But although using Google Maps this way for me is free, it is a costly commercial product to develop and support. The maps have to be continuously updated with corrections and changes. The Street View images are routinely laboriously updated and ground truth established by humans driving extensively instrumented vehicles. The Satellite View images are updated frequently enough that I am often surprised to find that the season or the landscaping has changed since the last time I looked at my own neighborhood. It can't be cheap. Google supports this "free" service through a combination of fees for businesses that choose to advertise on this platform, and by licensing its use for products that use this platform for their own mapping needs.

By now, anyone reading my blog has come to realize that I have had a long running, broad, and deep, personal effort at writing applications using the U.S. Global Positioning System (GPS), and more broadly, other Global Navigation Satellite Systems (GNSS). More recently I branched out to include Inertial Measurement Units (IMU). This is part of my Hazer project, the source code repository for which can be found on GitHub. I am understandably interested in mapping the results of my tests, either in real-time or as part of my post-test analysis. Google Maps would have been ideal for this, but the price tag was a little high for something that amounts to an intensive hobby.

In my article Better Never Than Late (2017), I tracked a mobile GPS unit in my car by transmitting its geolocation data back to my home office via an LTE modem, to be mapped in real-time using Google Earth, an application program that provides a programmatic way to use satellite imagery. This worked great; but sometime between 2017 and 2018 the capability to do this in real-time with Google Earth stopped working. I was still able to do the post-test mapping by importing the data into Google Earth in Keyhole Markup Language (KML) form, as illustrated in my article Dead Reckoning (2020). But I wanted a solution for a real-time moving map display.

Recently I became aware of OpenStreetMap (OSM), an open-data, community-driven, project to provide an alternative to Google Maps for exactly the kind of real-time mapping in which I was interested. Thus was born another project, Tesoro, also hosted on GitHub, with the goal of incorporating OSM with Hazer to create a real-time moving map display.

Demonstration

Before I get to the nuts and bolts of Tesoro and OSM, let's go right to the good stuff: a video of the moving map display that I implemented. This is a forty-five minute (45:47) video, so no one (not even me) is going to want to watch all of it. But it's fun to skip around and watch different parts. For best results, watch this video in a separate YouTube window, and if your user interface supports it (not all do), choose the High Definition option so you can read the labels on the map. Opening it up into Full Screen mode helps too. Or be prepared to do a lot of squinting. (If the video below doesn't show up for you, try this link to the video on YouTube.)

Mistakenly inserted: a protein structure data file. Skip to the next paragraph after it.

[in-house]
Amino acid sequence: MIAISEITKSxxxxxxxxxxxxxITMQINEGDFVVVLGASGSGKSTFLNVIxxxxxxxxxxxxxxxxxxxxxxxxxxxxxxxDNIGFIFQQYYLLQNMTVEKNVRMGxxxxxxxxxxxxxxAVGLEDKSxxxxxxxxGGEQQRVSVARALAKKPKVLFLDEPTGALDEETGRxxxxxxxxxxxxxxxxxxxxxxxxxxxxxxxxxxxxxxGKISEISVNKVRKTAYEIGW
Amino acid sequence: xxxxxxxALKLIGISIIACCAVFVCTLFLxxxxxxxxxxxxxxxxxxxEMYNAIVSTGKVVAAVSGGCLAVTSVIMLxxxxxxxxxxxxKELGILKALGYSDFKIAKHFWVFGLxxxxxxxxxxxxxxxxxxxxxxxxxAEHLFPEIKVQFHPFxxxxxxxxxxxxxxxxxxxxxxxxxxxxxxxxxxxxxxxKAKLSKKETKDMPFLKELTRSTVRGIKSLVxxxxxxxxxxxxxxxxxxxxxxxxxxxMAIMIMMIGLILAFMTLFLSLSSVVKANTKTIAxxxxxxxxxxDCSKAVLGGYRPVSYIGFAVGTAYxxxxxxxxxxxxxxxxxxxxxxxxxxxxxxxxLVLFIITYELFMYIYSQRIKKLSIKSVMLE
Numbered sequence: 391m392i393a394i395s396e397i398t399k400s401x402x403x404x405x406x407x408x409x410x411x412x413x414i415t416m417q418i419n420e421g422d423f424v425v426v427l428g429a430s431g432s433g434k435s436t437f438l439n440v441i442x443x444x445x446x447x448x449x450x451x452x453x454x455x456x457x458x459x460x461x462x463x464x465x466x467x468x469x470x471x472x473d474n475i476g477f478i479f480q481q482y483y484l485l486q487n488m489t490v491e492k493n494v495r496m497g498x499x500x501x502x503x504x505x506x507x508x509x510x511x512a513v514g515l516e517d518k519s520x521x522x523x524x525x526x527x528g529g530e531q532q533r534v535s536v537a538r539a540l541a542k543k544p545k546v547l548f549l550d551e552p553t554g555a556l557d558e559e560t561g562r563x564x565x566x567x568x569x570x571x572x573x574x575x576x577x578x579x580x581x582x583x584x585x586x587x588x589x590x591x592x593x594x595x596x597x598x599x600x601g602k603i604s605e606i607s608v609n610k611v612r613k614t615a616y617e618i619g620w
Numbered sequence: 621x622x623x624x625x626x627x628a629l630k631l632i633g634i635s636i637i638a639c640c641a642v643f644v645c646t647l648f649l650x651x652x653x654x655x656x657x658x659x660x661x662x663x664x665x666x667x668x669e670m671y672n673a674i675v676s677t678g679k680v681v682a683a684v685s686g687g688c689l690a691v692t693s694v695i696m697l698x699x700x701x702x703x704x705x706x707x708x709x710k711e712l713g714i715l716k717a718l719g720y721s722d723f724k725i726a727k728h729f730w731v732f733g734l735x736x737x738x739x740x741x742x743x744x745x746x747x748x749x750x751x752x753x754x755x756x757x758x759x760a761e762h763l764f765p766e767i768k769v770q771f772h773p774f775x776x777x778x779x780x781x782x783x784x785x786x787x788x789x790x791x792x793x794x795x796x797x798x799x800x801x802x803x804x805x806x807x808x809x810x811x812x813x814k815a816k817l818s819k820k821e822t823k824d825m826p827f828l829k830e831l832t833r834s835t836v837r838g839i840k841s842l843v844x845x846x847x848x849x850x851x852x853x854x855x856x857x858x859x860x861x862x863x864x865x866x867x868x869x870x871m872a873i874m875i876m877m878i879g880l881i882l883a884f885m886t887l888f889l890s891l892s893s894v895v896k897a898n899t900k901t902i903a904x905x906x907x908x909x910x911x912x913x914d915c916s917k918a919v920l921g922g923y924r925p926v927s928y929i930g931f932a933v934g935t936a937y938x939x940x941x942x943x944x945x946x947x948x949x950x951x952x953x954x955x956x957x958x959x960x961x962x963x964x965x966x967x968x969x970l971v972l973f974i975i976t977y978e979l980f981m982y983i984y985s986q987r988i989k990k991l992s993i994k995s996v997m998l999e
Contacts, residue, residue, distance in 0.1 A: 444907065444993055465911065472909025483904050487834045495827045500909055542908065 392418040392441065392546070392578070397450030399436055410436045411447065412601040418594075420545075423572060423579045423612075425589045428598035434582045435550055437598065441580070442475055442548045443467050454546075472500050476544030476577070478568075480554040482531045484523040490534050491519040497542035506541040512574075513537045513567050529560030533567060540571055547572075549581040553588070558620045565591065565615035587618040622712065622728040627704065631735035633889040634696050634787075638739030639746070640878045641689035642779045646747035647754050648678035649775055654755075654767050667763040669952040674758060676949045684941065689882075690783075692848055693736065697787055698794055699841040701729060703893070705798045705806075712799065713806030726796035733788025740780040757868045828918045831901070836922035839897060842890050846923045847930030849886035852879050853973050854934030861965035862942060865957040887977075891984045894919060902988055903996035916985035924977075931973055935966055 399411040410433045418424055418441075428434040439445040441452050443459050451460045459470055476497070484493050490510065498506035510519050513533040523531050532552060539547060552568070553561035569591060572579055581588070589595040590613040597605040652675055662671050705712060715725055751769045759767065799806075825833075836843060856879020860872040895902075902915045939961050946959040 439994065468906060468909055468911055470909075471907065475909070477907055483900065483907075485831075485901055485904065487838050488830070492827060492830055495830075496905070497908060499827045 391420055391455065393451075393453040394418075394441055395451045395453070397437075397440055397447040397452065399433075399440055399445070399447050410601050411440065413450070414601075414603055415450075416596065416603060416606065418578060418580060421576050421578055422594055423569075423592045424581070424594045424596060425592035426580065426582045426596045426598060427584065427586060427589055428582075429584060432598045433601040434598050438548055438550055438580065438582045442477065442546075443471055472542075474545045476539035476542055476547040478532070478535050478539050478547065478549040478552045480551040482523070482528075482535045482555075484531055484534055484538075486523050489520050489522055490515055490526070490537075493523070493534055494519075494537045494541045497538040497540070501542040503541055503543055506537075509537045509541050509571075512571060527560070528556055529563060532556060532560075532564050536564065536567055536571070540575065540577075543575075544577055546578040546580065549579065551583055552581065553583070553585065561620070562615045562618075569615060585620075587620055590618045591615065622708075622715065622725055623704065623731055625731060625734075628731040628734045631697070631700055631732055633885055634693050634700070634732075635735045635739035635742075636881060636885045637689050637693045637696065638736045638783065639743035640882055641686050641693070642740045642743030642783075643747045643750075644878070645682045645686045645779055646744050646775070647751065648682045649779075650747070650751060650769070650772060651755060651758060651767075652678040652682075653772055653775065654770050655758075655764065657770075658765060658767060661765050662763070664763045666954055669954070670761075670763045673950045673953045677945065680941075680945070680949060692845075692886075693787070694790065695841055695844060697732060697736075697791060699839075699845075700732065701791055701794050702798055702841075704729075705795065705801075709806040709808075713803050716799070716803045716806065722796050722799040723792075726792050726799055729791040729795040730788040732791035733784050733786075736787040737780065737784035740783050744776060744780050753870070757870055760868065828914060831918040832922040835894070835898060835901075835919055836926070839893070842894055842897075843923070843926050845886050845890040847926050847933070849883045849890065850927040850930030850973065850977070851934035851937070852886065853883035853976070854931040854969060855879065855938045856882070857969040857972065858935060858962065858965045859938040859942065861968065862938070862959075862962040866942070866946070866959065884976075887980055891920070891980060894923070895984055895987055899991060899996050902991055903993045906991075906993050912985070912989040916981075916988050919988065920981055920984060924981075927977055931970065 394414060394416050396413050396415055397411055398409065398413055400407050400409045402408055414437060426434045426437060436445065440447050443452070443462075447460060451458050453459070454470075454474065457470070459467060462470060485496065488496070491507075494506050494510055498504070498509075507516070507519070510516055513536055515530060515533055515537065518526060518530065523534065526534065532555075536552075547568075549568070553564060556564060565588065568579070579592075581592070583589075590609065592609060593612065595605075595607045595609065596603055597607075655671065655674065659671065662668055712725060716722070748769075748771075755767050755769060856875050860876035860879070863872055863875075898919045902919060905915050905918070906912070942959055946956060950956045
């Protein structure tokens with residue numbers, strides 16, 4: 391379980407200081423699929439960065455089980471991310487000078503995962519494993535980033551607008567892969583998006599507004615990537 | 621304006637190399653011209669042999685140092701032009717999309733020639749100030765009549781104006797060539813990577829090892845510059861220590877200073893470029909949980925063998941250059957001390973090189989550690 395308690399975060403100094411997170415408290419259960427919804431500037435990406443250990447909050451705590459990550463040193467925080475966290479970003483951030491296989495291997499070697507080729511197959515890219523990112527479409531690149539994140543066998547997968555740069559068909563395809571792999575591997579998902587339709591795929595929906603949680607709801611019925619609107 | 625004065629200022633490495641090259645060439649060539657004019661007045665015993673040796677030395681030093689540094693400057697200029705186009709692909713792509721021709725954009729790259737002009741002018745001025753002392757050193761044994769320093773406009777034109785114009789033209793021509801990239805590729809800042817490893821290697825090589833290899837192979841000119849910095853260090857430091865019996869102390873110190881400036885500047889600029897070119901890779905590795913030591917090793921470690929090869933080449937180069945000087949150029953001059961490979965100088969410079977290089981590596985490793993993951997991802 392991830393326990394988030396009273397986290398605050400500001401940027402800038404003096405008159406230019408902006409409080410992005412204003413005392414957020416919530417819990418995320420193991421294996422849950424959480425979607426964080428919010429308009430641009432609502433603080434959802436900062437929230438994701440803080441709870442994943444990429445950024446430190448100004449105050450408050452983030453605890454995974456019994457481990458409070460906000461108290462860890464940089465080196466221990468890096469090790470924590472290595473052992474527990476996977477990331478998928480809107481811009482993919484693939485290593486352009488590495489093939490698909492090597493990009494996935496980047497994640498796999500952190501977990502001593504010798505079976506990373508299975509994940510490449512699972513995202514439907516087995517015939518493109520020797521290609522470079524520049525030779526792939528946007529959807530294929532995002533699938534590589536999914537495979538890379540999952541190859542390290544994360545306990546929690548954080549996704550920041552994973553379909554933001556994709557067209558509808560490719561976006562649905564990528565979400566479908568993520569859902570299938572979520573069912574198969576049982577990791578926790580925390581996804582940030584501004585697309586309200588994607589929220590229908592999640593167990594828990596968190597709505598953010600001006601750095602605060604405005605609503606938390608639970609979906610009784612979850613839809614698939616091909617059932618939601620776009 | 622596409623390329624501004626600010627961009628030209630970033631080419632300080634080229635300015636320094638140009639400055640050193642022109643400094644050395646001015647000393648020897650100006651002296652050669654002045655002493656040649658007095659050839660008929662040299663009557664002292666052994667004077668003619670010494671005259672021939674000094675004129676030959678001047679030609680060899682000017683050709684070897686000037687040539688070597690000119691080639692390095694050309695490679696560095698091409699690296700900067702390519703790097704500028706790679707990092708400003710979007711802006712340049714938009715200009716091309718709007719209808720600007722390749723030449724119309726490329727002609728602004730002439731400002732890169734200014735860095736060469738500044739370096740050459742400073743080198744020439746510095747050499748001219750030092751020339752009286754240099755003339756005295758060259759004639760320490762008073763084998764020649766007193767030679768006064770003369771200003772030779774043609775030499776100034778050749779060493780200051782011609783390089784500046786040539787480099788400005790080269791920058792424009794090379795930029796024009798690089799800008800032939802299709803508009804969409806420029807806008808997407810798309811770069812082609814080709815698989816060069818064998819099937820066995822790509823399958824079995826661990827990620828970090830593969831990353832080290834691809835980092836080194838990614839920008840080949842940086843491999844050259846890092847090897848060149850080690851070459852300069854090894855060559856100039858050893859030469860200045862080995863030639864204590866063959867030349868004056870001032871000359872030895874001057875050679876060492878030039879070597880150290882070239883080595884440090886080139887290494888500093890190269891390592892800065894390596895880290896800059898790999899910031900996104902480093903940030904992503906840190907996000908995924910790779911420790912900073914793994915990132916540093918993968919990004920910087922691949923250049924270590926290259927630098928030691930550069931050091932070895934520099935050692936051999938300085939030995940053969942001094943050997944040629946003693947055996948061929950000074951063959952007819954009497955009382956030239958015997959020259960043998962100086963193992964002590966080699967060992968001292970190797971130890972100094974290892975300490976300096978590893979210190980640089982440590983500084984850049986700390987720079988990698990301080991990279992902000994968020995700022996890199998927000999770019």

This test used a playback of geolocation data I collected during IMU testing conducted on 2020-09-17. The playback mechanism uses the same UDP-based networking to feed the Hazer data stream to Tesoro that I have used previously in the field, so I would expect it to work almost as well with a real-time feed, subject to the occasional data loss I witnessed using LTE modems. (In Better Never Than Late I make the case as to why UDP, and not TCP, is the correct internet protocol to use for this. Alas, an efficient and easy to use method of encrypting and authenticating UDP traffic - while maintaining the characteristics of UDP that I find important - is in my opinion an unsolved problem.)

Overview

Tesoro broadly consists of four components: the Rover, the Model, the View, and the Controller. Web developers will recognize the Model-View-Controller (MVC) nomenclature used to describe a design pattern for interactive applications. GNSS developers will recognize Rover as the mobile portion of a Differential GNSS (DGNSS) system. (As always, you can click on any image to see a larger version.)

Tesoro

Although most of my development of Tesoro was done by running all of these components on a single computer, that didn't reflect how I expect the system to be used in real life. So for the video above, I split the components onto four different computers.

The Rover

The Rover plays the role of the component in the field, running the Hazer gpstool application and forwarding the resulting geolocation data via UDP back to the home base. For this test, the Rover was one of my Raspberry Pi 3B+ development machines running a version of the Debian Linux distro called Raspberry Pi OS (formerly called Raspbian).

gpstool saves geolocation data in a Comma Separated Value (CSV) format so it can be easily imported into a spreadsheet. The Hazer csvmeter script reads the stored CSV data and meters it out at approximately the same rate - typically 1Hz - as it was originally generated by the GNSS receiver under test. The output of csvmeter is piped to the Hazer csv2dgm utility that trivially converts it into JavaScript Object Notation (JSON) - the standard data serialization format used by JavaScript and lots of other applications because it is far simpler than eXtensible Markup Language (XML) - and sends the resulting datagram on its way.

The Rover can be tested by using the Linux/GNU utility socat to receive the datagrams and display them on the console.

The Model